Empathy is a very multi-layered feeling that everyone experience in varying degrees. You might be able to sympathize with others but always from a distance. Over the years, advancements in technology have been able to allow people to understand others much better. For instance, through social media people have been empowered to raise their voices as a result of which the world can better understand their situation.
Asad J Malik a Pakistani born designer and artist is using augmented reality technology to raise awareness and bring the world closer together
For those of you not familiar with the guy, Asad previously used Microsoft’s Hololens technology to show the world, how the Syrian war affects us all. What Asad essentially did was that he inserted real-life images from the Syrian war into the people’s personal space. Like for example, you could see a victim of terrorism side by side with people enjoying a vacation.
This time around he’s creating a full-fledged documentary that explores misconceptions around Muslim identity in the West
Asad & Assad is the first interactive Augmented Reality documentary created by Asad J. Malik and his team in 1RIC which has become a startup. The project was inspired by Asad’s own inevitable connection with the Syrian President Bashar al-Assad for their near-identical names. The documentary portrays a wide spectrum of socio-political experiences of people perceived as Muslim in the US, interviewed in a way that is reminiscent of airport interrogations and secondary screenings people like Asad have been through. The name Asad & Assad is a play on the difference in pronunciation of the same in both the East and West.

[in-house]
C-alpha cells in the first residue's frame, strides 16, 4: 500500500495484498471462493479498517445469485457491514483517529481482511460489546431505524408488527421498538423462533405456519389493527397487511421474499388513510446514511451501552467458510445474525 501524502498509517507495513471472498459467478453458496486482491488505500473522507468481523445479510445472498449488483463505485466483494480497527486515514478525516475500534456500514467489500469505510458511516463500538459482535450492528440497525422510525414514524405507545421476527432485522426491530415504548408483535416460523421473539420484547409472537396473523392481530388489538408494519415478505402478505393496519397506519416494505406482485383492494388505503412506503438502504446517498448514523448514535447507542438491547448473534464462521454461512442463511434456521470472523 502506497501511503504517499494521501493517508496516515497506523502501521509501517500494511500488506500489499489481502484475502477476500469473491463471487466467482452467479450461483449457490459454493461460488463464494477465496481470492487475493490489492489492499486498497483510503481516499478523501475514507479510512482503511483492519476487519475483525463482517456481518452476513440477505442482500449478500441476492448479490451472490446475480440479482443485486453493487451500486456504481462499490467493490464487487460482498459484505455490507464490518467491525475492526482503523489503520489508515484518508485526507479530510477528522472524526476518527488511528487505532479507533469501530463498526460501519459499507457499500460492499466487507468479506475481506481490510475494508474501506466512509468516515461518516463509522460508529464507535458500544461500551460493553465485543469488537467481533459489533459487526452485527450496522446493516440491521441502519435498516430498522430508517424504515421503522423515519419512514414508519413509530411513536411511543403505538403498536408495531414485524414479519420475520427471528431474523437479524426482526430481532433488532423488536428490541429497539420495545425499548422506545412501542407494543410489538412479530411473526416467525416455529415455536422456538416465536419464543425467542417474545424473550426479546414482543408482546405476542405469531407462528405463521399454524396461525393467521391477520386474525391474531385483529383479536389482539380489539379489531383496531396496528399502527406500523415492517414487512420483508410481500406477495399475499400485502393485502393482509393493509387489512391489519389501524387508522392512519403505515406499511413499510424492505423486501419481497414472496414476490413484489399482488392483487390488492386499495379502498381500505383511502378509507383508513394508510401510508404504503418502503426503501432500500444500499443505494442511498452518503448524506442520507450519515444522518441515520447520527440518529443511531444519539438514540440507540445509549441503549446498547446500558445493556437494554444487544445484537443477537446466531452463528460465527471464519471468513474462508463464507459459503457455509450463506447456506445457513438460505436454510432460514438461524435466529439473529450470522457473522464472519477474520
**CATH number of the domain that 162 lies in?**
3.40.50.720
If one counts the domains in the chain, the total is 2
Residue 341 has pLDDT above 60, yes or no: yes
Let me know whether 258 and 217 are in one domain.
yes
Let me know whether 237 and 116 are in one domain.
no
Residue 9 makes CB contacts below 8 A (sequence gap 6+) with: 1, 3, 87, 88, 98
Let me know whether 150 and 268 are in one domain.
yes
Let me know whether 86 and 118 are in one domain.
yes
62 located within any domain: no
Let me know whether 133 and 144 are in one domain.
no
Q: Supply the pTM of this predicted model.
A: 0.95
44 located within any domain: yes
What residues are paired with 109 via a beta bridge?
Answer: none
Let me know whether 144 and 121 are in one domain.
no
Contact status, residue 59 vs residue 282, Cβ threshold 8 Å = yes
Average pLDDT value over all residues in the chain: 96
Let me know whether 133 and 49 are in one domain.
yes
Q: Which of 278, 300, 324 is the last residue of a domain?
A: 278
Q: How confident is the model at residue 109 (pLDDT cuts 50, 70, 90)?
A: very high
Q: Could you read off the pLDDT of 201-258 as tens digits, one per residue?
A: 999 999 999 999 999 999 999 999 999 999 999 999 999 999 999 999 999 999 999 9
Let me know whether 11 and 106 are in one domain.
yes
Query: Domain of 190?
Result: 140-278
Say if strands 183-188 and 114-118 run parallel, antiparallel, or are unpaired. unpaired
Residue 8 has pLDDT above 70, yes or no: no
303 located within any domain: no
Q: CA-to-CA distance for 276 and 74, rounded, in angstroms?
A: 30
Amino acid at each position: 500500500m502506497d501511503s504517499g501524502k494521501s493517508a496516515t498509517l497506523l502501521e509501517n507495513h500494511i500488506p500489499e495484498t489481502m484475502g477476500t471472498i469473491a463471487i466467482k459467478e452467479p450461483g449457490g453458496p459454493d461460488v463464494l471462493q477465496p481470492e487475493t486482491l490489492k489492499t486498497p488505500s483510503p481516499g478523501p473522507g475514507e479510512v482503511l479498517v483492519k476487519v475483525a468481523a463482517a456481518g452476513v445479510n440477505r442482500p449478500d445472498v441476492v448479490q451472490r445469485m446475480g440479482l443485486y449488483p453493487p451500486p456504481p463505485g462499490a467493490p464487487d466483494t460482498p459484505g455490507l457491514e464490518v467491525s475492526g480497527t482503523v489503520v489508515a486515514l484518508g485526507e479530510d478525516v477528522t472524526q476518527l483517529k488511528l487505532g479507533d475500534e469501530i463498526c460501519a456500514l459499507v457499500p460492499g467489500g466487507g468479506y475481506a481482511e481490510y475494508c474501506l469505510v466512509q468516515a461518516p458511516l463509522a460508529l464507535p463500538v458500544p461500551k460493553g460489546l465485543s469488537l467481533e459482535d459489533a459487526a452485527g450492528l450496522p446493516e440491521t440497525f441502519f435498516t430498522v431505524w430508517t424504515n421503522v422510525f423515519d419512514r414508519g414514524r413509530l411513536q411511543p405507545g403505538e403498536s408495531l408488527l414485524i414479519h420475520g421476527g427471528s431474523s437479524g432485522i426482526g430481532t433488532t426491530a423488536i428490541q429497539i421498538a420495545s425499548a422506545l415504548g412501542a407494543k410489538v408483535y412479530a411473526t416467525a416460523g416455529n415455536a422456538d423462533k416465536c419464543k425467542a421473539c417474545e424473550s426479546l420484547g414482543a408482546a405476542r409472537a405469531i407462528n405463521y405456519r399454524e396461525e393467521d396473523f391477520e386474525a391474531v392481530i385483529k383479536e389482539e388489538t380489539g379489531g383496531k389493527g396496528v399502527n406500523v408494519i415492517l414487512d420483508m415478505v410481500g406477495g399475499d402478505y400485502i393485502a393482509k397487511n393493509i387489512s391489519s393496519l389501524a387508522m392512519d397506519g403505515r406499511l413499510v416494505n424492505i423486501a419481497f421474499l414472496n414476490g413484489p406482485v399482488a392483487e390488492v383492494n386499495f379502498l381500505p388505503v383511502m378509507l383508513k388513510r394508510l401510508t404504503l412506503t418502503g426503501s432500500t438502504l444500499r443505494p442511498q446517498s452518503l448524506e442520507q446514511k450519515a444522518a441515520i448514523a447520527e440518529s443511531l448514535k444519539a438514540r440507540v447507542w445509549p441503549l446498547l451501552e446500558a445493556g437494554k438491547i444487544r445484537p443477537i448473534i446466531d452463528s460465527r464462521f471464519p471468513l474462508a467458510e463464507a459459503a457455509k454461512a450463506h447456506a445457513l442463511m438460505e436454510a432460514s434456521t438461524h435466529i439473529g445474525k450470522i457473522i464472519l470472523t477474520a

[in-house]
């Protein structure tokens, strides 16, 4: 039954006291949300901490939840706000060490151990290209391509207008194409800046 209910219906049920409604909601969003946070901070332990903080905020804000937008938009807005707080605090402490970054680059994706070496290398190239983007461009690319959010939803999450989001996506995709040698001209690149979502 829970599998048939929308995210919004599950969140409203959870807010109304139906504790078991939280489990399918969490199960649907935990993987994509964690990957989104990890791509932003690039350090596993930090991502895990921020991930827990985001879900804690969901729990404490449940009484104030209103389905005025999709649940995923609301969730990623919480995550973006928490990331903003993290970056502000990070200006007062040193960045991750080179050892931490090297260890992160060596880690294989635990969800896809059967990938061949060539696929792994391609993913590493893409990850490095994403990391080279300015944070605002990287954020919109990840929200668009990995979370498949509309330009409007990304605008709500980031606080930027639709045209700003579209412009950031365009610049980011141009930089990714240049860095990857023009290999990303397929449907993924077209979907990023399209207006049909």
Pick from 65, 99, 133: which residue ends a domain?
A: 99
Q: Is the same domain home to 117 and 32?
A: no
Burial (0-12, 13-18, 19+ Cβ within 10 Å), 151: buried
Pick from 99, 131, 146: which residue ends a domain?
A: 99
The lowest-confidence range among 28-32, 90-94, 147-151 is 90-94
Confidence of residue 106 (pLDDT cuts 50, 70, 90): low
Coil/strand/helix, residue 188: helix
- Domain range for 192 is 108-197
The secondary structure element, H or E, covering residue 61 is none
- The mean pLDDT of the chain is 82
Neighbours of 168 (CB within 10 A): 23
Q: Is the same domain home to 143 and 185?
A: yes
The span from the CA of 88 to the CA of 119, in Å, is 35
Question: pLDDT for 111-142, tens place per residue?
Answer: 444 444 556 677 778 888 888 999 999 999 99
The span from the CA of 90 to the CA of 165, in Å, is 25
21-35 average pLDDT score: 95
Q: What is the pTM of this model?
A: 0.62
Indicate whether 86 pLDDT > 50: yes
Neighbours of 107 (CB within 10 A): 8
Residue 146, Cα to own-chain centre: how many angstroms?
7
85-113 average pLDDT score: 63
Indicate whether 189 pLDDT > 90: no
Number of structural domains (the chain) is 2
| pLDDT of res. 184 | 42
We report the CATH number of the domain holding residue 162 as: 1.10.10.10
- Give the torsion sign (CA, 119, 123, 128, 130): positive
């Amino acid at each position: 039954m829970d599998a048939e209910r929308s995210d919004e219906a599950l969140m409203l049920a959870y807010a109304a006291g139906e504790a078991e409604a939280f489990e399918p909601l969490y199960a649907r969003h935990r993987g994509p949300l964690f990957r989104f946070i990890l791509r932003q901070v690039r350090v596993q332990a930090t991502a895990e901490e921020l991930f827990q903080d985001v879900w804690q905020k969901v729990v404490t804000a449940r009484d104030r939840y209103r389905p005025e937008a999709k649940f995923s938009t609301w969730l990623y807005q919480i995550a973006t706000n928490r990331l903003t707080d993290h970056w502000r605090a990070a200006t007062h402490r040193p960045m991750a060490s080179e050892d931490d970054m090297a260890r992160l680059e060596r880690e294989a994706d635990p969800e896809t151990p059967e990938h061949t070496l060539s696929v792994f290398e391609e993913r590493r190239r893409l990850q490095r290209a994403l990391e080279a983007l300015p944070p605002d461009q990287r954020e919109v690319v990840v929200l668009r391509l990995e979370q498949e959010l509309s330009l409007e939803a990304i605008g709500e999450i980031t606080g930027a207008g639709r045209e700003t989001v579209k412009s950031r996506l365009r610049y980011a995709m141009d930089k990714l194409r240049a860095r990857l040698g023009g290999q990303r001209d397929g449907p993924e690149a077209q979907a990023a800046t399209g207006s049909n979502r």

This project ignited a conversation about how we consume images of war. Asad & Assad began when Sundance Film Festival and Kaleidoscope took notice and encouraged the AR work Asad was doing. Asad & Assad has come a long way since, and now Asad and his team have secured a crucial partnership with DepthKit, which provides them with the volumetric capture technology they’re using to bring the holograms to life.
The AR technology makes it possible for the audience to deeply “empathize” with every character
“The project is designed in a way that each viewer has a completely unique experience of the narrative, depending on how they navigate through the stories- so maybe your interests lead you to spend more time with certain holograms,” he said. ” The documentary is about the perceived Muslim identity in the west and not about Islam as an ideology ” Asad added. He referenced incidents wherein even communities like Sikhs and Hispanics that otherwise have very little to do with Islam, fell victim to attacks by conservatives groups in the West post 9/11. The participants in the documentary come from very diverse backgrounds. On one hand, you have a guy from Karachi living in a posh locality that would often be categorized as “burger” on the other you have an Ismaili girl hailing from Chitral.
Asad has launched a Kickstarter campaign for the upcoming documentary project
The team is already close to reaching their goal of raising $20,000, having already gathered $17,846. We hope that Asad and his team are successful in their upcoming project and hopefully leave a positive impact on society.
Cover image via: Asad J Malik